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Inaugural Curtis Center Signature Programs

The inaugural Curtis Center Signature Programs Initiative (SPI) awardees were selected to receive $10,000 in program funds and four types of research consultation services per year of the program from the Curtis Center. The YBMen Project is also a Curtis Center Signature Program but did not receive SPI funds.

African American Chronic Care Equity through Self-management Program

Program Co-Leads: Jamie Mitchell and Jaclynn Hawkins, Curtis Center Faculty Affiliates and Assistant Professors of Social Work, and Lenette Jones, Curtis Center Faculty Affiliate, Assistant Professor School of Nursing

This Signature Program will address the development, implementation, and translation of behavioral and health services interventions that target improvements in the self-management of chronic diseases among African American adults.  Specifically, it will explore the role of health information and health communication behaviors in the self-management of chronic diseases among African American adults, and engage community stakeholders to support chronic disease self-management research. This program will culminate in a half-day symposium hosted at the UM-SSW, focusing on academic-community partnerships to reduce chronic disease self-management disparities for African Americans in Southeast Michigan.

Developing a Partnership to Address Violence Against American Indian and Alaska Native Women in Michigan

Program Lead: Katie Schultz, Curtis Center Faculty Affiliate and Assistant Professor of Social Work

This Curtis Center Signature Program has established a partnership between faculty of the U-M School of Social Work and Uniting Three Fires Against Violence, a statewide tribal domestic violence and sexual assault coalition with a mission to support Michigan Tribes in promoting social change to address disproportionate rates of violence impacting tribal communities. Disproportionately higher rates of domestic violence and sexual assault against American Indian and Alaska Native women can result in higher rates of negative health outcomes and health disparities. Listening sessions with key stakeholders across the state will be held to identify service gaps and better understand the effectiveness of culturally honoring advocacy to further the coalition's mission and promote health equity among tribal communities in Michigan.

A Psycho-Oncology Fellowship to Support Pre-Doctoral Health Disparity Research on Adolescent and Young Adult Sex and Gender Needs During Cancer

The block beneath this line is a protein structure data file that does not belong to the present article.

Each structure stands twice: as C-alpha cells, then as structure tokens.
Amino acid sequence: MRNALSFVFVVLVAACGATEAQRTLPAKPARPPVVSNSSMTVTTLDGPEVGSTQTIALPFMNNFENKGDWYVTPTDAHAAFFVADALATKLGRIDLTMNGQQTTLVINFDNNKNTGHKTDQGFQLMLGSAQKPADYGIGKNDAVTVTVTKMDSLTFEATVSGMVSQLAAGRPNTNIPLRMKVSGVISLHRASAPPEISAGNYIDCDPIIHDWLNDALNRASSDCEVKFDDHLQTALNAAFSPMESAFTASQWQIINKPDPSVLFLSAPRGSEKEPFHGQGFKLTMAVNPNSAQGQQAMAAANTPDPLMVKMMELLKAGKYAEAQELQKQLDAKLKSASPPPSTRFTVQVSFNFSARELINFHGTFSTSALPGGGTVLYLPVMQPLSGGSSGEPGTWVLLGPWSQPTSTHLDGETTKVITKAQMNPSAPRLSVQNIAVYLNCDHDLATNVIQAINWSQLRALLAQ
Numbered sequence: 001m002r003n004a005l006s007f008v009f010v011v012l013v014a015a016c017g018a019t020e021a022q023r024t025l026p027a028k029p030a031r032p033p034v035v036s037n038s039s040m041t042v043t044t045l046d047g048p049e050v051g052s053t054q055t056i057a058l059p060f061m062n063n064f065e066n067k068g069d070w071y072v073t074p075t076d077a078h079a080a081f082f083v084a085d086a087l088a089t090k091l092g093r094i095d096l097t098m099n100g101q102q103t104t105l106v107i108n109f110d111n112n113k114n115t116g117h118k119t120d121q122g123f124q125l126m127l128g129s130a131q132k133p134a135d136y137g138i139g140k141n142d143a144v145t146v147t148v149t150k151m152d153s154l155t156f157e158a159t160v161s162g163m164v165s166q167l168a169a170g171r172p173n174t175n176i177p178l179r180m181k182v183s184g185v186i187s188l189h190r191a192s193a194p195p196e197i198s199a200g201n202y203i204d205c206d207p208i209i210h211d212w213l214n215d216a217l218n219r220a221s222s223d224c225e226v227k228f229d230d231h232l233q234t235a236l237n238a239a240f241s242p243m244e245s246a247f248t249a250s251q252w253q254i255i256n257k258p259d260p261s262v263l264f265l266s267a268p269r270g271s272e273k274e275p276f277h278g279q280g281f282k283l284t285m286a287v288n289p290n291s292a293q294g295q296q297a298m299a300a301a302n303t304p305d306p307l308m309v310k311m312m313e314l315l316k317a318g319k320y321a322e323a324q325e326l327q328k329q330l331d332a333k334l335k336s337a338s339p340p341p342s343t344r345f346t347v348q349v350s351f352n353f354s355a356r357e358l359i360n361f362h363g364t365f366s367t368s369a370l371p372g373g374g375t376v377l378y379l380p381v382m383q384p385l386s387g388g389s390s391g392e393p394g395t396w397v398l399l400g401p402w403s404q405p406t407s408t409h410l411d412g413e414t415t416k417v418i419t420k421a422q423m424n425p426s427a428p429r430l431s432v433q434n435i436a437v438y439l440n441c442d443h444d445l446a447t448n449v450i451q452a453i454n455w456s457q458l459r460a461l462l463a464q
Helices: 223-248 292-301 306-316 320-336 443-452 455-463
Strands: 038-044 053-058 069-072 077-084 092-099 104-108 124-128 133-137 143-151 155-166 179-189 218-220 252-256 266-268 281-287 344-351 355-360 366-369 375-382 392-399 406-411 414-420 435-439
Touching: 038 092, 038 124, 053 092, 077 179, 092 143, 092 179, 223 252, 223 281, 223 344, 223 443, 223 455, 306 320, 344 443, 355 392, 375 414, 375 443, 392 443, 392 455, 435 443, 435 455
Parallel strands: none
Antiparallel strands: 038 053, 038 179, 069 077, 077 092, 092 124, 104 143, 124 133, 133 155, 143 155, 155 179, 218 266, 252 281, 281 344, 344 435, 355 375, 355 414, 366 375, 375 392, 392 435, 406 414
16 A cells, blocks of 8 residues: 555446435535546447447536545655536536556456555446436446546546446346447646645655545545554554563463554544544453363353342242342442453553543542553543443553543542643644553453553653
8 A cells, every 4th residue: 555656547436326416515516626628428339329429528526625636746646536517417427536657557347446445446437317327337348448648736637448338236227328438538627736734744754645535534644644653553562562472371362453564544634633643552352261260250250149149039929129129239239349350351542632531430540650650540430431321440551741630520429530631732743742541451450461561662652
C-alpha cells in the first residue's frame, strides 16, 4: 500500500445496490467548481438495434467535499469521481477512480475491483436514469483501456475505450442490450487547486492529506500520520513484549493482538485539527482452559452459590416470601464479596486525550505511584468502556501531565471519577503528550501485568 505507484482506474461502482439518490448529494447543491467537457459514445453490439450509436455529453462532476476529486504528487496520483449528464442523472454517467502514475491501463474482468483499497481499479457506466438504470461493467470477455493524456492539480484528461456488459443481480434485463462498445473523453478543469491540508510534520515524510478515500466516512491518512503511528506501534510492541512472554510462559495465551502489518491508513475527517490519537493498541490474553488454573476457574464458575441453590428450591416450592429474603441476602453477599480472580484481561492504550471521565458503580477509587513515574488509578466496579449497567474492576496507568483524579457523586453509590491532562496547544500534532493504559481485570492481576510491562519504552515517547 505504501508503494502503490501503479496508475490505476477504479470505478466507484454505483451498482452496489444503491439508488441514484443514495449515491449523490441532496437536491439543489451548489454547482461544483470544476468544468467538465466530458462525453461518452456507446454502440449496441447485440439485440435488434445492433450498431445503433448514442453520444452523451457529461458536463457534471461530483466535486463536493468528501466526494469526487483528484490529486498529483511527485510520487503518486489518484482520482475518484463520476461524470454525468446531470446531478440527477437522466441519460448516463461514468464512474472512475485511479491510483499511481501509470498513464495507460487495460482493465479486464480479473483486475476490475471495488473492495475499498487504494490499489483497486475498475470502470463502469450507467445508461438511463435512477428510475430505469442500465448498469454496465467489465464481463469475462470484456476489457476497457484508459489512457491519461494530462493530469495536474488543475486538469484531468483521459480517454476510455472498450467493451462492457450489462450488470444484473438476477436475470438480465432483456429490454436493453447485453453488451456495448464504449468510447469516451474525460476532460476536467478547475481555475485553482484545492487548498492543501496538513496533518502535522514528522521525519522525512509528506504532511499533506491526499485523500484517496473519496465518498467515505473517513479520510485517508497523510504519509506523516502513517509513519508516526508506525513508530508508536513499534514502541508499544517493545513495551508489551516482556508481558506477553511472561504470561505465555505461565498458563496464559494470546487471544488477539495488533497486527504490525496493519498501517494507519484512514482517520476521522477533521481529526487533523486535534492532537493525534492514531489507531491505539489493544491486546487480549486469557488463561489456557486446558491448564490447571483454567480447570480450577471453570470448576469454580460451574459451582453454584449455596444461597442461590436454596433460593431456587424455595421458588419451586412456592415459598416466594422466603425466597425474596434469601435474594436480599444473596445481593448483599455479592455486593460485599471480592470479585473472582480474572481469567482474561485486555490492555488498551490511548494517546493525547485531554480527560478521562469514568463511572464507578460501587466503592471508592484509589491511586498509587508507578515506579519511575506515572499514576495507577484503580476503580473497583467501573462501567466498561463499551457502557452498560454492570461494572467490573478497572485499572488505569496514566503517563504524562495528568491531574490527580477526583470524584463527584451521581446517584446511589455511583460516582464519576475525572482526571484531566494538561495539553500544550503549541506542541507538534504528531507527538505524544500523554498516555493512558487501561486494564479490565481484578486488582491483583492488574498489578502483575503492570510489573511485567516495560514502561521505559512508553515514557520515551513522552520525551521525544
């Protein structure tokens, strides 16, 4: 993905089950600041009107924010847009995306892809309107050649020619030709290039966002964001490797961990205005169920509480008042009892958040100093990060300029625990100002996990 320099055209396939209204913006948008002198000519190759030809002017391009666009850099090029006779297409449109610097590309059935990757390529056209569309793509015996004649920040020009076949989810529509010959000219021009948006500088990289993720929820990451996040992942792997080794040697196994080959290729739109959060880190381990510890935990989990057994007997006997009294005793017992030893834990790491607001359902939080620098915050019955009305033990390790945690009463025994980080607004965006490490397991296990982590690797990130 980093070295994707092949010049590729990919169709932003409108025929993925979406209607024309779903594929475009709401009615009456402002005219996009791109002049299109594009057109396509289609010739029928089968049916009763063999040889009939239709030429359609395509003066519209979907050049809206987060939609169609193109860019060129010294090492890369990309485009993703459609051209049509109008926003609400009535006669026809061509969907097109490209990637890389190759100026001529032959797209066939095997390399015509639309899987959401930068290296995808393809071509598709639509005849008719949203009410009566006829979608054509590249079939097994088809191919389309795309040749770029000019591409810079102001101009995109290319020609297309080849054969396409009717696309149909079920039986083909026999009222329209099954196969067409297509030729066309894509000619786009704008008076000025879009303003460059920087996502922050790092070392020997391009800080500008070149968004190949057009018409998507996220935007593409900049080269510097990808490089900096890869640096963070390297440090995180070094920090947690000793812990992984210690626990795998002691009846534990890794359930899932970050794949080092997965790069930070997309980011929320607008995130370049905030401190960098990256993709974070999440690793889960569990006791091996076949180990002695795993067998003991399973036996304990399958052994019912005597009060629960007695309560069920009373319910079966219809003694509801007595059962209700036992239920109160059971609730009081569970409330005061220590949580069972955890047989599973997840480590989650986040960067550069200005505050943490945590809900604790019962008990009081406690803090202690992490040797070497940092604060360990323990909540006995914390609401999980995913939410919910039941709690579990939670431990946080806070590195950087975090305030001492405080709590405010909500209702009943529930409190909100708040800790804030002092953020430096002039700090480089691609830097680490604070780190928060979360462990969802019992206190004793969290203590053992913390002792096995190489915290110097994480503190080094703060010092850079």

Program Co-Leads: Anao Zhang, Curtis Center Faculty Affiliate and Assistant Professor of Social Work, and Nina Jackson Levin, Curtis Center Pre-doctoral Fellow

This Signature Program will create a pre-doctoral Psycho-Oncology social work Fellowship at the emergent Adolescent and Young Adult Oncology Program at Michigan Medicine and its research arm, AYA CAncer REsearch (AYA CARE) to address the unique developmental issues that result in significantly worse health outcomes among adolescents and young adults (AYAs; aged 15-39) than their pediatric or adult counterparts, both during treatment and throughout survivorship. The detrimental effects of cancer and treatment among this age group on infertility and sexual dysfunction significantly impact their psychosocial wellbeing. The social work research fellow at MAYA will thus address the paucity of research on the health inequities created by heteronormative framing of fertility and promote a more capacious or inclusive understanding of reproductive health care during cancer.

The Young Black Men, Masculinities, and Mental Health (YBMen) Project

YBMen Director: Daphne C. Watkins, Curtis Center Director

Founded and Directed by Professor Daphne C. Watkins, the YBMen Project provides young Black men with a safe place to communicate about their mental health, manhood, and social support. It is an adaptable intervention with proven strategies that have addressed unmet needs among both adolescent and young adult Black males. After the initial pilot intervention at Jackson College in 2014-15, the project was implemented again at Eastern Michigan University (2016-17), Michigan State University (2017-18), Ohio State University (2017-18), Bow Middle School (2018-19), and is currently being adapted for K-12 schools in Washtenaw County in partnership with TRAILS to Wellness.

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